Hardly a page passed without some trip or stumble of this kind, which an alert if obtuse editor today would strike out, reasoning that they get in the way of the story. Are we to understand that it's a tribute to Dickens's psychological power and narrative skill that he prevails despite strewing such obstacles and obstructions? Yes, perhaps, but they may also be the grit that allows a child to fashion the pearl that Dickens meant for him or her to have. A child's reading should not be too easy, because reading is part of life. Life, needless to say, is not always easy to live, and the lessons that stick with us always hold an inherent germ of difficulty. Dickens, a Victorian congenitally incapable of separating instruction from entertainment, knew this.
The hedonistic modern in us rejects the admixture. The ideological modern in us, whether on the left or the right, cannot fathom someone like Dickens, who was, as George Orwell so beautifully termed him, "generously angry". The cynical modern in us is furious at Dickens's capacity to make us laugh or weep. We, who have the attention span of a may-fly, cannot comprehend how Dickens is able to stamp an image-Scrooge's door-knocker takes the form of Marley's face "like a bad lobster in a dark cellar"-permanently on our brains.
Dickens, in some ways the inventor of the modern Christmas, would be appalled at the commercial mish-mash of greed and gluttony we have made of it. He does, however, point away from its original importance as a Christian observance. True, he briefly tips his hat to Christianity when Scrooge's nephew makes a little speech about Christmas's being "the only time I know of, in the long calendar of the year, when men and women seem by one consent to open their shut-up hearts freely," this being "apart from the veneration due to its sacred name and origin, if anything belonging to it can be apart from that." But that early passage is virtually the last we hear about sacred names and origins: the rest of the book is pagan all the way.
Yet, on a deeper level, Christian myth and iconography is at work. The Spirit of Christmas Past is a kind of sacred child. The next ghostly visitor, whom Leech memorably engraves as a loose -robed, bare-chested god of plenty, can be viewed, without undue wrenching, as Christ working his wonders of generosity in the world. The "Last of the Spirits", "draped and hooded, coming, like a mist along the ground, towards him," literally and figuratively speaks of judgement and Last Things. Overarching all is the Christian idea that a vision can turn an individual human being from an oblivious and self-condemning path toward an understanding and practice of the Good.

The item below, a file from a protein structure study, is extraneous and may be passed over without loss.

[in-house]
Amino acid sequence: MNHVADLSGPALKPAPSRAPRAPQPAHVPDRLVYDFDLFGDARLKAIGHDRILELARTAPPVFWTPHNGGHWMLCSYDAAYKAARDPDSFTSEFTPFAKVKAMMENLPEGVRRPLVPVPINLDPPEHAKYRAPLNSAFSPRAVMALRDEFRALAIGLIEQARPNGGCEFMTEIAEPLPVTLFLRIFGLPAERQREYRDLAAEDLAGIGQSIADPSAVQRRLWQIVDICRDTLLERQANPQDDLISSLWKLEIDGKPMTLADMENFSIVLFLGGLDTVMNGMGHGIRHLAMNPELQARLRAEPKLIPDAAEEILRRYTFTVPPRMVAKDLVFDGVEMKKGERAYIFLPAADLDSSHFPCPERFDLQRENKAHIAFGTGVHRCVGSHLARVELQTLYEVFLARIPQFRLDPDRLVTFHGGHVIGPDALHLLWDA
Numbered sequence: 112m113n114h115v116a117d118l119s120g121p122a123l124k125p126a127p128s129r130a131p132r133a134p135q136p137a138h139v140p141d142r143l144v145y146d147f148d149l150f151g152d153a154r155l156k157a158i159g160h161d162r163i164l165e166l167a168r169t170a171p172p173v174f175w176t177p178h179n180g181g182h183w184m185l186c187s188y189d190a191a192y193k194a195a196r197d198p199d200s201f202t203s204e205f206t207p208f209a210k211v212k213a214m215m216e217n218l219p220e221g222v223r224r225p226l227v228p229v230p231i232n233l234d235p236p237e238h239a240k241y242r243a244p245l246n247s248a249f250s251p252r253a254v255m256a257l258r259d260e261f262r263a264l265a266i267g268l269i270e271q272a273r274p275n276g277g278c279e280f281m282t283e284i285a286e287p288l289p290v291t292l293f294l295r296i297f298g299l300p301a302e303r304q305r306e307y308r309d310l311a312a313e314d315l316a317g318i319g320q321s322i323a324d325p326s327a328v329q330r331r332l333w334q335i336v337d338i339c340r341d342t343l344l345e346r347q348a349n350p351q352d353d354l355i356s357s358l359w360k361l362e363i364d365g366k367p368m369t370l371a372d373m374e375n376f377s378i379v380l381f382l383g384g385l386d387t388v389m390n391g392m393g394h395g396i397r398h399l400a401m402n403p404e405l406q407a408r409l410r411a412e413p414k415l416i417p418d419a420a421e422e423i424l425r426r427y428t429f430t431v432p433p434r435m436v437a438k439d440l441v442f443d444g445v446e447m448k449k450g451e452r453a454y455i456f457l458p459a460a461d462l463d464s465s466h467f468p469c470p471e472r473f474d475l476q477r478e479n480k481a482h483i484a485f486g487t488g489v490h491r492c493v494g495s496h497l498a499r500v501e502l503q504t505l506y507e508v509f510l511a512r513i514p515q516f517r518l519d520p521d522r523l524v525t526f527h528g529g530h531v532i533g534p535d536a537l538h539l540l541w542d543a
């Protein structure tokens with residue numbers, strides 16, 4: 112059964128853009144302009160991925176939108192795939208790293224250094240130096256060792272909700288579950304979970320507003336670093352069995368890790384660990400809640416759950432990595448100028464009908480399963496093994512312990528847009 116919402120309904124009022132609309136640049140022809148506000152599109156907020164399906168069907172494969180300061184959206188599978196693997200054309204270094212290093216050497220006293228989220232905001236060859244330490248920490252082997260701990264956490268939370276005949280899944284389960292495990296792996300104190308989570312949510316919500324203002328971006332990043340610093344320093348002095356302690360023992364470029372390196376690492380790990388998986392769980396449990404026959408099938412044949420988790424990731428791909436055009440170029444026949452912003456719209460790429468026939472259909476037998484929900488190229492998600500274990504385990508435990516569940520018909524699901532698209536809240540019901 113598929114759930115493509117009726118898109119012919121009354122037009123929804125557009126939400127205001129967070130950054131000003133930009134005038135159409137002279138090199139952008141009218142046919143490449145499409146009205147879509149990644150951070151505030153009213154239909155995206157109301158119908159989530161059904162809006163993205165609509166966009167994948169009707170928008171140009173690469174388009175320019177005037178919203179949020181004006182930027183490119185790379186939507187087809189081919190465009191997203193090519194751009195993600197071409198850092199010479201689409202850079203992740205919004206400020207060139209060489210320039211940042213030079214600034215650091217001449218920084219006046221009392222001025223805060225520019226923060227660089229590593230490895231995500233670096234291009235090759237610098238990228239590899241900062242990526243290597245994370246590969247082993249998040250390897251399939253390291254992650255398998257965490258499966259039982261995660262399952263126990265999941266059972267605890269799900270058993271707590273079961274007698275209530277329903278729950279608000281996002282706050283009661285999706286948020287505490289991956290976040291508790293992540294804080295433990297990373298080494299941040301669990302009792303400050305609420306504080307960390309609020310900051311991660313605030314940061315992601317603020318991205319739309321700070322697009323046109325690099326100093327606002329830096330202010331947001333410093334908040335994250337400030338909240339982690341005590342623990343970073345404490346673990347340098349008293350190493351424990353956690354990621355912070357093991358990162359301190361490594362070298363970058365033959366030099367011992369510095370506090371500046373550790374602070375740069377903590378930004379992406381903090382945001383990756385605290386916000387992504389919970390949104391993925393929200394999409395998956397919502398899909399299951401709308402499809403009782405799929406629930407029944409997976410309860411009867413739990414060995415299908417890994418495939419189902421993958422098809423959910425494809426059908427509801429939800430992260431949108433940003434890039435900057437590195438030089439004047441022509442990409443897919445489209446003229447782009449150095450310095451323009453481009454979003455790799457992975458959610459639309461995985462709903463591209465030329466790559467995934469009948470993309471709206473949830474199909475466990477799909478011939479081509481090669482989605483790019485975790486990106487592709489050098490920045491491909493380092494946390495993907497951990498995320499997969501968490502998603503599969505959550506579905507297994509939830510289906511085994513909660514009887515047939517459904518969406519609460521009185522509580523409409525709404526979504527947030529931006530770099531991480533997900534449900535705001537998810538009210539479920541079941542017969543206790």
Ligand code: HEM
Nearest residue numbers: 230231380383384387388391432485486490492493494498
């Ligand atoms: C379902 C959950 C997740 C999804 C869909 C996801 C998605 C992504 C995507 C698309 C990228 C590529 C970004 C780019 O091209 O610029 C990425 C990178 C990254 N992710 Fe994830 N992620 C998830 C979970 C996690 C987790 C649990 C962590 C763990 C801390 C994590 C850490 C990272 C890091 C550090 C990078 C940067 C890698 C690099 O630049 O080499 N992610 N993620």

Though I may have intuited these elements early, I did fall prey to a curious, almost dyslexic error-this despite my many re-readings. For a long time I occasionally referred to somebody or other as looking like the Ghost of Christmas Past, alluding to some shrunken, wasted, ghastly figure. Then, as late as writing this essay, I made a second mistake, this time supposing the Spirit of Christmas Past to be the lusty, lavish, and rubicund god that Leech depicted. Dickens's actual spirit of the past, however, is an odd hybrid: though its hair is white, "the face had not a wrinkle in it, and the tenderest bloom was on the skin. The arms were very long and muscular; the hands the same, as if its hold were of uncommon strength."
Was my misconception just a product of careless reading or forgetfulness? Or was it due to the difficulty of registering the complex, ambiguous Spirit of Christmas Past compared to the simpler, more vivid pictures offered for the spirits of the present and future? I don't know. I now wonder whether the initial error did not encapsulate inchoate memories about my often forlorn or disillusioning Christmases past, and whether my second error was merely an overcompensation for them. We bring so much to what we read.
I pick up the little, wine-red book again. It is warm and glowing, like the rosy coals Scrooge was happy to heap on his counting-house grate in the aftermath of his eventful Eve. I pick up the book again and again. l
Fraser Sutherland's most recent book is Jonestown: a poem (McClelland & Stewart).